After reading this rather funny take on transliteracy over at LISNews, I feel compelled to say something about what ‘transliteracy’ means. Is ‘transliteracy’ a buzzword? Is ‘transliteracy’ hopelessly vague? Is this just a rehashing of old ideas in a fancy new vocabulary? Well, yes and no…
An adequate definition?
The working definition of ‘transliteracy’ is: The ability to read, write and interact across a range of platforms, tools and media from signing and orality through handwriting, print, TV, radio and film, to digital social networks. (from the Transliteracy Research Group). This definition has been a point of contention and I am sympathetic to those who want to overhaul it. Yes, the working definition is a poor definition, but how problematic is this? I’d like to say that it isn’t that big of a deal…yet. But, perhaps I owe a word of explanation.
How do we define?
There are several types of definition: lexical, stipulative, precising, descriptive, and beyond. We can further define terms either by intension or by extension. In the case of the former, we craft a definition that specifies the necessary and sufficient conditions of being a member of a given set. In the case of the latter, we create a definition that enumerates the members of a given set. Adequate examples and explanations abound elsewhere, so I won’t burden you with a long exposition, but it would help to read some secondary literature. (FWIW, Wikipedia is incoherent, try the SEP)
So, what does this mean for defining ‘transliteracy’? Well, consider the options:
- An extensional definition would entail fully or partially enumerating members of the set to which the term ‘transliteracy’ applies.
- An intensional definition would entail specifying the properties that all and only members of the set, ‘transliteracy’, have.
Defining ‘transliteracy’ by extension
So, I propose that we treat ‘transliteracy’ as a nebulous concept that is still being sorted out. We have a rough idea of what it is (hence, the working definition) and an idea of what it is not. We can’t describe the necessary and sufficient conditions for being an instance of ‘transliteracy’, nor should we have to at this point. (Heck, we’re still equivocating over what part of speech ‘transliteracy’ is!)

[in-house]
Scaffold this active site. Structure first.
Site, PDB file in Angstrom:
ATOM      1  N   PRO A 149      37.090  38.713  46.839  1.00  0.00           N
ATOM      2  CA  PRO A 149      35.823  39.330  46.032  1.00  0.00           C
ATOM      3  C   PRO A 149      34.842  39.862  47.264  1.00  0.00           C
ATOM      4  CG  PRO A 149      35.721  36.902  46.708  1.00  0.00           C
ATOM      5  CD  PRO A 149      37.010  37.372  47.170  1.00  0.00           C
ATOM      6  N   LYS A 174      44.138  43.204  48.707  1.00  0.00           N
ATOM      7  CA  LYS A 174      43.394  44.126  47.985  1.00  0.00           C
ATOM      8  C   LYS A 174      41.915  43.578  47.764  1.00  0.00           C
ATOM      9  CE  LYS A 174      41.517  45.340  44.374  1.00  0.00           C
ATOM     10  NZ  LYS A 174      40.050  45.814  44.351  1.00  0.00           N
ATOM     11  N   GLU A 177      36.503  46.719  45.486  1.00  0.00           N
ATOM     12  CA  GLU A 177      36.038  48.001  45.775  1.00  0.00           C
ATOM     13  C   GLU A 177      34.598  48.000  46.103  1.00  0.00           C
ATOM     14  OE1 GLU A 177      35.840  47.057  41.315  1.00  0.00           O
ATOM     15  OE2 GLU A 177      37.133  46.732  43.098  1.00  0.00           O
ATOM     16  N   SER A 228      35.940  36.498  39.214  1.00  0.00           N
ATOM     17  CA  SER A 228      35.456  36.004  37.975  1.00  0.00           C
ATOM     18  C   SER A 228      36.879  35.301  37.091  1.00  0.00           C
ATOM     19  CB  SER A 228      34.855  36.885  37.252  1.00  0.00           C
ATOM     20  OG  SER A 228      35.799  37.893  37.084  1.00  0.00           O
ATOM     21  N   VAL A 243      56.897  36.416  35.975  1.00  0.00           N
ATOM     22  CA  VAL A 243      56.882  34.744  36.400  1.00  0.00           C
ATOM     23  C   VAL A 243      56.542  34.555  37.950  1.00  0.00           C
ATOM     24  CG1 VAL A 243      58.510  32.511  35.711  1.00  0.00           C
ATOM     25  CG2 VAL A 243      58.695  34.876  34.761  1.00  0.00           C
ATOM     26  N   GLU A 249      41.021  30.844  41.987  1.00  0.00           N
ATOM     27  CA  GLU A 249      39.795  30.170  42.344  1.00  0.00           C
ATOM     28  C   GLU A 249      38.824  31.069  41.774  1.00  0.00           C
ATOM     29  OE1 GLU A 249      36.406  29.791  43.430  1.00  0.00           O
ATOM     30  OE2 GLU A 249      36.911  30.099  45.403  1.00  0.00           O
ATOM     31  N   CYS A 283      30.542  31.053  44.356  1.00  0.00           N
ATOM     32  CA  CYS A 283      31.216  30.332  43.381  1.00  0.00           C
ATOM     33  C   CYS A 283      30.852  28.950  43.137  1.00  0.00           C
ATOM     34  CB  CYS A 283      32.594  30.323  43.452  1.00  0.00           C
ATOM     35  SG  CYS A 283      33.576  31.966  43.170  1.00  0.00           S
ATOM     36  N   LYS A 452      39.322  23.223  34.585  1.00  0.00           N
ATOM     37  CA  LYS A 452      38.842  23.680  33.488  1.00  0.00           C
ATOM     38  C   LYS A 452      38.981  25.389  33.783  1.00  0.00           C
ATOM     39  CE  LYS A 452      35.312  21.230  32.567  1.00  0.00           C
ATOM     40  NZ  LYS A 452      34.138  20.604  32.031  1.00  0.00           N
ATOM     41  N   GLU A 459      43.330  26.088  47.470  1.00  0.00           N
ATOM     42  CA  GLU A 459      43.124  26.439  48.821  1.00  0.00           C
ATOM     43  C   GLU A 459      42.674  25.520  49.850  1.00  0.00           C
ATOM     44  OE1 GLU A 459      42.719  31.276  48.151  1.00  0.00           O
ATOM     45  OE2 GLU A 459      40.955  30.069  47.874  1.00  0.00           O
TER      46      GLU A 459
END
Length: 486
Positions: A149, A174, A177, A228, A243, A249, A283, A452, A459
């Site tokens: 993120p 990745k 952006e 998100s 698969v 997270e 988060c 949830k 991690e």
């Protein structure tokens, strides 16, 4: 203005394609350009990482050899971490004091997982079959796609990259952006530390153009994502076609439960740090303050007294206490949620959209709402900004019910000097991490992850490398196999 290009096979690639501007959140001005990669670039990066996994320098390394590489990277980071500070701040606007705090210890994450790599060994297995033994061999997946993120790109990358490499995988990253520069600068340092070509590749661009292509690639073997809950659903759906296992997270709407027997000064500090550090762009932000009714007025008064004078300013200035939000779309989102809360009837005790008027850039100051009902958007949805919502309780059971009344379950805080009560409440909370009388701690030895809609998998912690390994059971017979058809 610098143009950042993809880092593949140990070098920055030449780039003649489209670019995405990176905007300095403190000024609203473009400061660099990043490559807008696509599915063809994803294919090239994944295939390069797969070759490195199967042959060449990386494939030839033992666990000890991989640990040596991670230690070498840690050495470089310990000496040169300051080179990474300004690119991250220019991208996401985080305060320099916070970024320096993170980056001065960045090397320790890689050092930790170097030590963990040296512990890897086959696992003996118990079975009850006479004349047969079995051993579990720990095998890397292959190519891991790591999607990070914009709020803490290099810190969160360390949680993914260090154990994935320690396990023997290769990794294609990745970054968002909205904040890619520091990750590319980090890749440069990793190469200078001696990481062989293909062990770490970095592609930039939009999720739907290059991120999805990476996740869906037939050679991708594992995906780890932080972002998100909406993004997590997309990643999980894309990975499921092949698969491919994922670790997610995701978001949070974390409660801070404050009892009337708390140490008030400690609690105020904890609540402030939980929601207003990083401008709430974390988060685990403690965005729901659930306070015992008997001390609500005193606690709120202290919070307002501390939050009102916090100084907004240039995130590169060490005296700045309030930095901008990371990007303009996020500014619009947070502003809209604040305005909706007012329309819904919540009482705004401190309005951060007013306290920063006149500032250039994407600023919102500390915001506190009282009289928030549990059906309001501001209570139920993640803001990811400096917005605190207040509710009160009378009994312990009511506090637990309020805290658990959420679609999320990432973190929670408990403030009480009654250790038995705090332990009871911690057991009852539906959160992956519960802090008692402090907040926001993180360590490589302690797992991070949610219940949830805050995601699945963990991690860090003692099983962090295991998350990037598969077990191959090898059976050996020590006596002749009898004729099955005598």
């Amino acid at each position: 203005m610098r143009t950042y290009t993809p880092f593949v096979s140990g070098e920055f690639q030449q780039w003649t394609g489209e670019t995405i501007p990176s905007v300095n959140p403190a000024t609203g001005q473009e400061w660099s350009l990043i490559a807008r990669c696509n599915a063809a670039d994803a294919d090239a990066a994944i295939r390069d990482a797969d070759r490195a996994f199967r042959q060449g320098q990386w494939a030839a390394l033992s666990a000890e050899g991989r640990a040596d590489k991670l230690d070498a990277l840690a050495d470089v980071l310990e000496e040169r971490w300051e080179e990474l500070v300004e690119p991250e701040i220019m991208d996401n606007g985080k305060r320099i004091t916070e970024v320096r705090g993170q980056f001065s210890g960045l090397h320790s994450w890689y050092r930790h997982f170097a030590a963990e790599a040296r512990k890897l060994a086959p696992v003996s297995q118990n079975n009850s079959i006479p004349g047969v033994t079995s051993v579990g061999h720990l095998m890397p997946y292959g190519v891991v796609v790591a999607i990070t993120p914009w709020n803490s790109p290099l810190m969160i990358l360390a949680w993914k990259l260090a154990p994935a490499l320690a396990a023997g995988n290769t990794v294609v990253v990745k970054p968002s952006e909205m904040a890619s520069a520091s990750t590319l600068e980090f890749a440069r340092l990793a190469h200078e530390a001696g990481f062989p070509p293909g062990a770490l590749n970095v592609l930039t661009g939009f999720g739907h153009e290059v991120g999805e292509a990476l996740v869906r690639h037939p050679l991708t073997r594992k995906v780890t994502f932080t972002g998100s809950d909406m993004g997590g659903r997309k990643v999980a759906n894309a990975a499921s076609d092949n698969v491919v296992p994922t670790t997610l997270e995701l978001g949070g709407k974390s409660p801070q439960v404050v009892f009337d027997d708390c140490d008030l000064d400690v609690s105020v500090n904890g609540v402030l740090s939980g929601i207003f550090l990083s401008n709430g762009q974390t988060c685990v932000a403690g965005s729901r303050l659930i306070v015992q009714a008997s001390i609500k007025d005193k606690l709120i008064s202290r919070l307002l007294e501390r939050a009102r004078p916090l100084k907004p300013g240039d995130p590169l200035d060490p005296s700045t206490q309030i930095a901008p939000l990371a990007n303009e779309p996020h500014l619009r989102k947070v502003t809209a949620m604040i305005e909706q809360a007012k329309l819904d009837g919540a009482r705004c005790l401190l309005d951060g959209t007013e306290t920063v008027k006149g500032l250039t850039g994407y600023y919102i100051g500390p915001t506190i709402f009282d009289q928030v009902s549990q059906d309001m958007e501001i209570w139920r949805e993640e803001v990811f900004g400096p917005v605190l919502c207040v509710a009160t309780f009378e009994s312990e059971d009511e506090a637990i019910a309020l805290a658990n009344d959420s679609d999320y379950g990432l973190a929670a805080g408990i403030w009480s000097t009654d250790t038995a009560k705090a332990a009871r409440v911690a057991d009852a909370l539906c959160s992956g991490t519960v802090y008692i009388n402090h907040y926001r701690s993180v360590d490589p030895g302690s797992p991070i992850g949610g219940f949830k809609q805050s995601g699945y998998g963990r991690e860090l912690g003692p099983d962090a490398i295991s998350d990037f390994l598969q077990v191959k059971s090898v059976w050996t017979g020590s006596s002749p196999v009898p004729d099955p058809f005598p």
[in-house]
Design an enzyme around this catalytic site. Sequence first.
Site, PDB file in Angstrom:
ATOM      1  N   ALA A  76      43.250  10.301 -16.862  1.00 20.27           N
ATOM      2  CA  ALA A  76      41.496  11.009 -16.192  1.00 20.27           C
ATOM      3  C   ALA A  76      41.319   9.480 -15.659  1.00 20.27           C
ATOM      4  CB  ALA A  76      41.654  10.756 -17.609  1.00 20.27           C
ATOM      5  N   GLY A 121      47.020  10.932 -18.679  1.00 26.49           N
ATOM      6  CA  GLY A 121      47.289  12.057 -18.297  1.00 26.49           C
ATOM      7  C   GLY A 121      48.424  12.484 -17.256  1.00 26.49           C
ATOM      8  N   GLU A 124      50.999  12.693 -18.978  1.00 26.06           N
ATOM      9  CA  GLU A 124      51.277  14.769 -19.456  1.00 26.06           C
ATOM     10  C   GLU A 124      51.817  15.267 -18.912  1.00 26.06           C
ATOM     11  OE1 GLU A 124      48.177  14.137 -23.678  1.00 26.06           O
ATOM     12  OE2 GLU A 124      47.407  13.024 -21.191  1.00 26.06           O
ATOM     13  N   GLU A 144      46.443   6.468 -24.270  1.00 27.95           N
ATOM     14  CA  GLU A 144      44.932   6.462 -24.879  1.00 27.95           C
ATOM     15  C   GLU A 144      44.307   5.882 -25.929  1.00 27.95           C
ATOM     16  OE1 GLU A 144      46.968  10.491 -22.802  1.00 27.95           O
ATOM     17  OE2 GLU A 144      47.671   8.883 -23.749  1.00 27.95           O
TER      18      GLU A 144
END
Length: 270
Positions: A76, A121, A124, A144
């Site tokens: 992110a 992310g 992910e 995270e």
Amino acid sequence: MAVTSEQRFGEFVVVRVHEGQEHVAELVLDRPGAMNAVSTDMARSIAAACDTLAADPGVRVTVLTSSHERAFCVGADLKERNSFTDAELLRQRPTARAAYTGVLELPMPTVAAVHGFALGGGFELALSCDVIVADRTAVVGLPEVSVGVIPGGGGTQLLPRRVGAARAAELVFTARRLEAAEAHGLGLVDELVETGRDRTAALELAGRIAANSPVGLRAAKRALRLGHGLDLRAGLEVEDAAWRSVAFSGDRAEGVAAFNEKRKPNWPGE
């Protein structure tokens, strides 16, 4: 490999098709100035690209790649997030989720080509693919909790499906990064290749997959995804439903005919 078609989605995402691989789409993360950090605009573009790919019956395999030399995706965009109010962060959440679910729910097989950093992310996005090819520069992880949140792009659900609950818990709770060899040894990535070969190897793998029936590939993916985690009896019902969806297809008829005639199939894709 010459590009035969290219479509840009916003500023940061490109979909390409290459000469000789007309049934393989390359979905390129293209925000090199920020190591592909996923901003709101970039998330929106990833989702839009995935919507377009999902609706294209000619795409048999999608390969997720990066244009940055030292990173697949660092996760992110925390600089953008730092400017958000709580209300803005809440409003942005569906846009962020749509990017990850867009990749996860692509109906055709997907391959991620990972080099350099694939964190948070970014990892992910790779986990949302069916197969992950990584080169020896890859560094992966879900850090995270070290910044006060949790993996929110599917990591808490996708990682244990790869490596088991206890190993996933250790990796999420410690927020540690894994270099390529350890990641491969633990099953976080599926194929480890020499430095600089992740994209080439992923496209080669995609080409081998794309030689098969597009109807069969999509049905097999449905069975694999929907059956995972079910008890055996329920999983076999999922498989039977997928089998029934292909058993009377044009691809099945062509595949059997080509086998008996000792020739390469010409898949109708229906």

So, is ‘transliteracy’ a buzzword? Sure, why not. But, if it’s generating fruitful discussion, I don’t see anything wrong with that. Is it hopelessly vague? Well, it’s vague, but not hopeless and at this stage its vagueness might very well be its strength. Is it a rehashing of old ideas with a fancy new term? In some respects it might be, but we’re still collecting exemplary cases and we can at least say that either something interesting is going on that hasn’t been discovered previously, or that something previously undiscussed supervenes on the interplay between those old ideas.
Wait, I thought this was a library blog?
One last thing…why should librarians be involved in transliteracy? It’s simple, really. Libraries are on the front lines of traditional literacy initiatives. But, libraries are also the vanguard for information literacy and digital literacy. In fact, if you can call it a type of literacy, you’ll probably find it in a library. This is important because it follows that libraries should be the natural proving grounds for exemplary instances of transliteracy. As a reference and instruction librarian, I see potential transliteracy every day. Whether it’s the cognitive code-switching when students effortlessly glide between touch-screens, keyboards, and pencils, or it’s the cognitive effects of 140-character constraints, or it’s the preference for digital access over print, or any other activity I see daily in the library, I can tell that that something is happening to our conception of literacy. Some sort of information related cognitive process is very well-developed in some patrons, and not so well developed in others. I can’t give a precise definition yet, but I can point to similarities, and, for the moment, that is how we should be approaching ‘transliteracy’. Librarians are perfectly situated to contribute to the extension of ‘transliteracy’ and, moreover, once a sufficient understanding of exemplary cases is reached, librarians are perfectly situated to explain why transliteracy matters.